So, in spite of my apprehension, I asked that we look at the power supply again. Reluctantly but respectfully, my colleagues obliged. They connected a digital oscilloscope to the oscillator power supply, and they were right. It was a nice, flat DC supply. They increased the vertical gain, and we measured the ripple, which was practically nonexistent.
Then I noticed that the sweep time on the scope was quite long. I shortened the sweep time, incrementally searching for any AC anomalies riding on the oscillator power supply. Lo and behold, a 2Vpp sine wave showed up looking quite anomalous by taking up most of the oscilloscope's display.
Where was that coming from? We measured its frequency and found that it matched the spectral separation between the oscillator's carrier and each sideband exactly! The telltale 2Vpp signal was traced back to an IC regulator that was oscillating and superimposing its instability on our "flat" DC.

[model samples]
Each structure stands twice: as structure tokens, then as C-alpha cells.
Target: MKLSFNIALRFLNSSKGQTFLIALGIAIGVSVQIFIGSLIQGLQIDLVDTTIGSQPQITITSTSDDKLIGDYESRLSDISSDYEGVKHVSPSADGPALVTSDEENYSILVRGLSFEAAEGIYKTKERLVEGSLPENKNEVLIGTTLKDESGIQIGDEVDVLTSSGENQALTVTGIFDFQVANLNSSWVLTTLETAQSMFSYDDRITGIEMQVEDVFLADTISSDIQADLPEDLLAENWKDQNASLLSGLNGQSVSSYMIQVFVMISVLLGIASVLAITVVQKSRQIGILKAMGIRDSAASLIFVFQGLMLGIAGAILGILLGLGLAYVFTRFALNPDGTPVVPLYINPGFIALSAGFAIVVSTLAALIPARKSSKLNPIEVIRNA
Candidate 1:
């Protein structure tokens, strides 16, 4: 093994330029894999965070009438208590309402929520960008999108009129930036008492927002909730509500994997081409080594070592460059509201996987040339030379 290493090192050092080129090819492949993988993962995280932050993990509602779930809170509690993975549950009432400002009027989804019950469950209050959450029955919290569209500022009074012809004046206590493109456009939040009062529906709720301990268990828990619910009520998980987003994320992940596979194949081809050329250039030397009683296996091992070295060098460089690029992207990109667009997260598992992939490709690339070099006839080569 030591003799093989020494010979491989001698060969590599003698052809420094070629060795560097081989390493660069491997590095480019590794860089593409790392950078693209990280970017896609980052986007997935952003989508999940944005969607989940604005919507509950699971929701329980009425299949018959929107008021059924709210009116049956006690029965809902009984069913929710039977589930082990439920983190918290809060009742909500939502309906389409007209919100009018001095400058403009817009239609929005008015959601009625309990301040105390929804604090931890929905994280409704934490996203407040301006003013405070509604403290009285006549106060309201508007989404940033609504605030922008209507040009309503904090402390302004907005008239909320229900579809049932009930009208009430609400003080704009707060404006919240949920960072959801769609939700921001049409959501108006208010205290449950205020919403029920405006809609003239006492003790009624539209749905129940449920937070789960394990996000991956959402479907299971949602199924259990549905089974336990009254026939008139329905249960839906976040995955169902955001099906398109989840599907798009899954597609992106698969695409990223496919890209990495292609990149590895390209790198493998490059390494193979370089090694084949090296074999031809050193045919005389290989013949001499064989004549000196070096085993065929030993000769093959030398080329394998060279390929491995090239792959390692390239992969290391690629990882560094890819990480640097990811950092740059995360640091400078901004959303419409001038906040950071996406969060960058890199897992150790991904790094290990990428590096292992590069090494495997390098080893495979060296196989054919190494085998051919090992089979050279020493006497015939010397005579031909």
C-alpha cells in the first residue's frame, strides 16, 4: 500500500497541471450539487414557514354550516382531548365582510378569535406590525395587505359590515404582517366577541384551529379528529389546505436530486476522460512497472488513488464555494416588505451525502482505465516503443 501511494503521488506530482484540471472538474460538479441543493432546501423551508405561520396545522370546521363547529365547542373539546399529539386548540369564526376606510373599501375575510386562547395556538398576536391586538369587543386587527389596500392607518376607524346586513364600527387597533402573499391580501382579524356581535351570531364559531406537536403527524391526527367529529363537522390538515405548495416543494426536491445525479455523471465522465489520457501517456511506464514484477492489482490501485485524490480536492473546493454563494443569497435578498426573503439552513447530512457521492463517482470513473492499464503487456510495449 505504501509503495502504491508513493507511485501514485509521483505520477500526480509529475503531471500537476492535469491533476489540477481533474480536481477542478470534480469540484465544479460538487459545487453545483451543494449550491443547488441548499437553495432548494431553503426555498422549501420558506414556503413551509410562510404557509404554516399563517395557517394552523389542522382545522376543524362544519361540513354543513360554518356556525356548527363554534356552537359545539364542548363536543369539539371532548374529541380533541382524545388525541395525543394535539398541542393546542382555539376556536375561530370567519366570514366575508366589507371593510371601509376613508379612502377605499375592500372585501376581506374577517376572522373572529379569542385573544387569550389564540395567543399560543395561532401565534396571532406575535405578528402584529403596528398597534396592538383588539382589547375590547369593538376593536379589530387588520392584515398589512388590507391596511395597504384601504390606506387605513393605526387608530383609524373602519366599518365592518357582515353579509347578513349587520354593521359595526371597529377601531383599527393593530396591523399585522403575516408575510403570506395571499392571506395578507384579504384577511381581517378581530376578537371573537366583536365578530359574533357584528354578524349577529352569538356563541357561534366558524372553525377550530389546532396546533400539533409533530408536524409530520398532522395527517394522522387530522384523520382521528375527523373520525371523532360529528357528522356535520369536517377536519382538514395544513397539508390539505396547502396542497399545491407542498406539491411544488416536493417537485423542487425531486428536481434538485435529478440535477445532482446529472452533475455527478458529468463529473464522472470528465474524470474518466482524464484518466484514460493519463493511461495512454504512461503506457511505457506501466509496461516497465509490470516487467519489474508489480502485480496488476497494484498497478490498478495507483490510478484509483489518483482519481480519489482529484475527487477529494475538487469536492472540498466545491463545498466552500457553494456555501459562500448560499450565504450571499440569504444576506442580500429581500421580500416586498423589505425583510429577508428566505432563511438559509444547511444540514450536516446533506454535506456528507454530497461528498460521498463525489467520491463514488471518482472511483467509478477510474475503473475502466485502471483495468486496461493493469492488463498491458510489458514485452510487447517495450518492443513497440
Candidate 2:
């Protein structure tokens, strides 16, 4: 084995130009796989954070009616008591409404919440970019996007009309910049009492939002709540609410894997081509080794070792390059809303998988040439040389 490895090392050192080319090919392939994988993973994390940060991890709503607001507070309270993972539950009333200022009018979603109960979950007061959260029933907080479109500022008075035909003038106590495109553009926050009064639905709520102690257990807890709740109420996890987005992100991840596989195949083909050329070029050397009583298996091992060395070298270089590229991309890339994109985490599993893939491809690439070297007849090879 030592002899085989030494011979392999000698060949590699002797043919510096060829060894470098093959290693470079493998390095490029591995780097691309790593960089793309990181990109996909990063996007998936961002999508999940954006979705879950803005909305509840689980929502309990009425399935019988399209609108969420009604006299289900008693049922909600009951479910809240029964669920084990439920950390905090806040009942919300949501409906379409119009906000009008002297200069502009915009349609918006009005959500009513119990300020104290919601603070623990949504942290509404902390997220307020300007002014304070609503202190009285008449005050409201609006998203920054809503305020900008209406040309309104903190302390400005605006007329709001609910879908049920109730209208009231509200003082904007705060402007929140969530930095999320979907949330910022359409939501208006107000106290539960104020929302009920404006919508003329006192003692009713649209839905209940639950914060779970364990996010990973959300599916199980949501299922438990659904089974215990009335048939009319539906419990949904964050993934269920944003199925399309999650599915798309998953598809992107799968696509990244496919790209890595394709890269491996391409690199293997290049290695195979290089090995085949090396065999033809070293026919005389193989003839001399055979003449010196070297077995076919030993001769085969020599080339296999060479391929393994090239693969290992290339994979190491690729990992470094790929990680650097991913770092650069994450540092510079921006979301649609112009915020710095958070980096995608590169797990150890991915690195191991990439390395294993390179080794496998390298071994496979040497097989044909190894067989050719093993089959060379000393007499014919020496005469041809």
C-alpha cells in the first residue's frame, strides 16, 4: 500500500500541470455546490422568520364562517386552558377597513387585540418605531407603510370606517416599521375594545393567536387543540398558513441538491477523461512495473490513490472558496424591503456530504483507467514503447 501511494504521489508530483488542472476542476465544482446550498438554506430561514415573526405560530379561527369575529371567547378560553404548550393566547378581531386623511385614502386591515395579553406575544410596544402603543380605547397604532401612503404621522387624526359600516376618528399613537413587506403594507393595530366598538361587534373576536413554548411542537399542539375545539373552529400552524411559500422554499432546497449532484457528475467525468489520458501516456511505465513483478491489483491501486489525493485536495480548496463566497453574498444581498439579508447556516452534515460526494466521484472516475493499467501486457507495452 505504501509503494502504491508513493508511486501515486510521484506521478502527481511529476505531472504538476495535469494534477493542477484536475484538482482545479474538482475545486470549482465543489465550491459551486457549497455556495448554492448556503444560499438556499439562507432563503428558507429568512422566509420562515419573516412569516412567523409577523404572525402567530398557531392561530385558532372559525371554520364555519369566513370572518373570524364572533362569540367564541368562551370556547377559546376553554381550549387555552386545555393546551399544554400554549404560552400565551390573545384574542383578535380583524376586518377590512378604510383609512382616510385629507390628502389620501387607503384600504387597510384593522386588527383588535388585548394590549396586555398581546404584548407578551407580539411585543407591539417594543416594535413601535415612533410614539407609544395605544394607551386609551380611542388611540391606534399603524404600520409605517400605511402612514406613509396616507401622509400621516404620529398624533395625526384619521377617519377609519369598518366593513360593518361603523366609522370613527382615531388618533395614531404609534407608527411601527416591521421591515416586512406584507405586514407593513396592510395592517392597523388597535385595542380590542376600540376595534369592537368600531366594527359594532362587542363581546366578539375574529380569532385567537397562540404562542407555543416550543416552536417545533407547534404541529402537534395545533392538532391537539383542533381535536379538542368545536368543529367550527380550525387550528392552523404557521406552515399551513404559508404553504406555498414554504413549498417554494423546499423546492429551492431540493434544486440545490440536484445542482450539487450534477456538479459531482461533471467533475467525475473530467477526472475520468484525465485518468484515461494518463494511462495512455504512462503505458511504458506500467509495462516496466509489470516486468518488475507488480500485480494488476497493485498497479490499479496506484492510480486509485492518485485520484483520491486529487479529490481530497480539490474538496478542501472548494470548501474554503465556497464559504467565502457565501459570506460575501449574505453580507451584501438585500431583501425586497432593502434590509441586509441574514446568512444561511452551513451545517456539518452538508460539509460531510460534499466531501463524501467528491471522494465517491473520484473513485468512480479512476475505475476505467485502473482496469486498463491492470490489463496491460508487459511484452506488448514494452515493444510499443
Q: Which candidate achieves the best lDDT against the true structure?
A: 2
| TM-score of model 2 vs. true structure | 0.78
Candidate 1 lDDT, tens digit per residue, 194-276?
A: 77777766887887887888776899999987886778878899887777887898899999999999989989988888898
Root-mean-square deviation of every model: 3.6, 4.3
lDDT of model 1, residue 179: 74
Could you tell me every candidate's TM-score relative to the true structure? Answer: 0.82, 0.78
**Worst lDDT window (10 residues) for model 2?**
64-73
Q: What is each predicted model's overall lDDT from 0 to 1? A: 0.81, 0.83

We had the problem on the run. While checking the regulator installation, we found that the newly installed regulator IC was, in fact, the wrong part, and, more importantly, it had been replaced a few days earlier. As usual, hindsight is 20/20. If I had originally checked to see which components had been replaced, I would have put two and two together as soon as I suspected the power supply.
This entry was submitted by John Mitchell and edited by Rob Spiegel.
Tom Machell is an electronics engineer who has worked for Northrop Grumman and L3 Communications. He is presently an avionics/electrical engineer at IMP Aerospace in Halifax, Nova Scotia.
Tell us your experience in solving a knotty engineering problem. Send stories to Rob Spiegel for Sherlock Ohms.